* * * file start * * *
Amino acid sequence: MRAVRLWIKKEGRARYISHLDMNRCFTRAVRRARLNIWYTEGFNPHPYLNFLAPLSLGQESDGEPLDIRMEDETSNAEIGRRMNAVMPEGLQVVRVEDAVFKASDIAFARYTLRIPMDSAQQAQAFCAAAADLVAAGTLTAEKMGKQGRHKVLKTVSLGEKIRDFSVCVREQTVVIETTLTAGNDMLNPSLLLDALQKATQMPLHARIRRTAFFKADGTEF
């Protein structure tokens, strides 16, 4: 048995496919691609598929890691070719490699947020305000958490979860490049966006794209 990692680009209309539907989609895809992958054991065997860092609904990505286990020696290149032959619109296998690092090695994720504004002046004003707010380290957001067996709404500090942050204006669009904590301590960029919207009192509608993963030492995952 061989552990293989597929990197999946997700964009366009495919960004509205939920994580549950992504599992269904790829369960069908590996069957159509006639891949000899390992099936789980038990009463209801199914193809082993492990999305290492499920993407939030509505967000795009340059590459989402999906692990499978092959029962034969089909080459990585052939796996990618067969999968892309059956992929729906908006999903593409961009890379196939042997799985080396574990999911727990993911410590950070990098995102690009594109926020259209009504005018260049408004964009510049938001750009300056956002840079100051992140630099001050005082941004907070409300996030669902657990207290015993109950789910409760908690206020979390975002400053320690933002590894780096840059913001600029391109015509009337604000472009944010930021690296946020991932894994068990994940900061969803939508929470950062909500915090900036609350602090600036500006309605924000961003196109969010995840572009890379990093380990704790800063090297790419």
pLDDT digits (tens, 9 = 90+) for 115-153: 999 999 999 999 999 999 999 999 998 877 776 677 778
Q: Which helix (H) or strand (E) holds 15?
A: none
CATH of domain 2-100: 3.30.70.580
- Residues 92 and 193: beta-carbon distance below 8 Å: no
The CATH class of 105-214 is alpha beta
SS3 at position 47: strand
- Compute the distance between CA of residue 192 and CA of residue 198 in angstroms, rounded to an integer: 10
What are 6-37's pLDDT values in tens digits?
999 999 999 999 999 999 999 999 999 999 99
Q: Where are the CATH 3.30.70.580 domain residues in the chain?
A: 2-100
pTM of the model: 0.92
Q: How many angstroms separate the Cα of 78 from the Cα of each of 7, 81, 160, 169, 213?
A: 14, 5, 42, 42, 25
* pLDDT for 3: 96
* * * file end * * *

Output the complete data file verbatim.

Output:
Amino acid sequence: MRAVRLWIKKEGRARYISHLDMNRCFTRAVRRARLNIWYTEGFNPHPYLNFLAPLSLGQESDGEPLDIRMEDETSNAEIGRRMNAVMPEGLQVVRVEDAVFKASDIAFARYTLRIPMDSAQQAQAFCAAAADLVAAGTLTAEKMGKQGRHKVLKTVSLGEKIRDFSVCVREQTVVIETTLTAGNDMLNPSLLLDALQKATQMPLHARIRRTAFFKADGTEF
């Protein structure tokens, strides 16, 4: 048995496919691609598929890691070719490699947020305000958490979860490049966006794209 990692680009209309539907989609895809992958054991065997860092609904990505286990020696290149032959619109296998690092090695994720504004002046004003707010380290957001067996709404500090942050204006669009904590301590960029919207009192509608993963030492995952 061989552990293989597929990197999946997700964009366009495919960004509205939920994580549950992504599992269904790829369960069908590996069957159509006639891949000899390992099936789980038990009463209801199914193809082993492990999305290492499920993407939030509505967000795009340059590459989402999906692990499978092959029962034969089909080459990585052939796996990618067969999968892309059956992929729906908006999903593409961009890379196939042997799985080396574990999911727990993911410590950070990098995102690009594109926020259209009504005018260049408004964009510049938001750009300056956002840079100051992140630099001050005082941004907070409300996030669902657990207290015993109950789910409760908690206020979390975002400053320690933002590894780096840059913001600029391109015509009337604000472009944010930021690296946020991932894994068990994940900061969803939508929470950062909500915090900036609350602090600036500006309605924000961003196109969010995840572009890379990093380990704790800063090297790419």
pLDDT digits (tens, 9 = 90+) for 115-153: 999 999 999 999 999 999 999 999 998 877 776 677 778
Q: Which helix (H) or strand (E) holds 15?
A: none
CATH of domain 2-100: 3.30.70.580
- Residues 92 and 193: beta-carbon distance below 8 Å: no
The CATH class of 105-214 is alpha beta
SS3 at position 47: strand
- Compute the distance between CA of residue 192 and CA of residue 198 in angstroms, rounded to an integer: 10
What are 6-37's pLDDT values in tens digits?
999 999 999 999 999 999 999 999 999 999 99
Q: Where are the CATH 3.30.70.580 domain residues in the chain?
A: 2-100
pTM of the model: 0.92
Q: How many angstroms separate the Cα of 78 from the Cα of each of 7, 81, 160, 169, 213?
A: 14, 5, 42, 42, 25
* pLDDT for 3: 96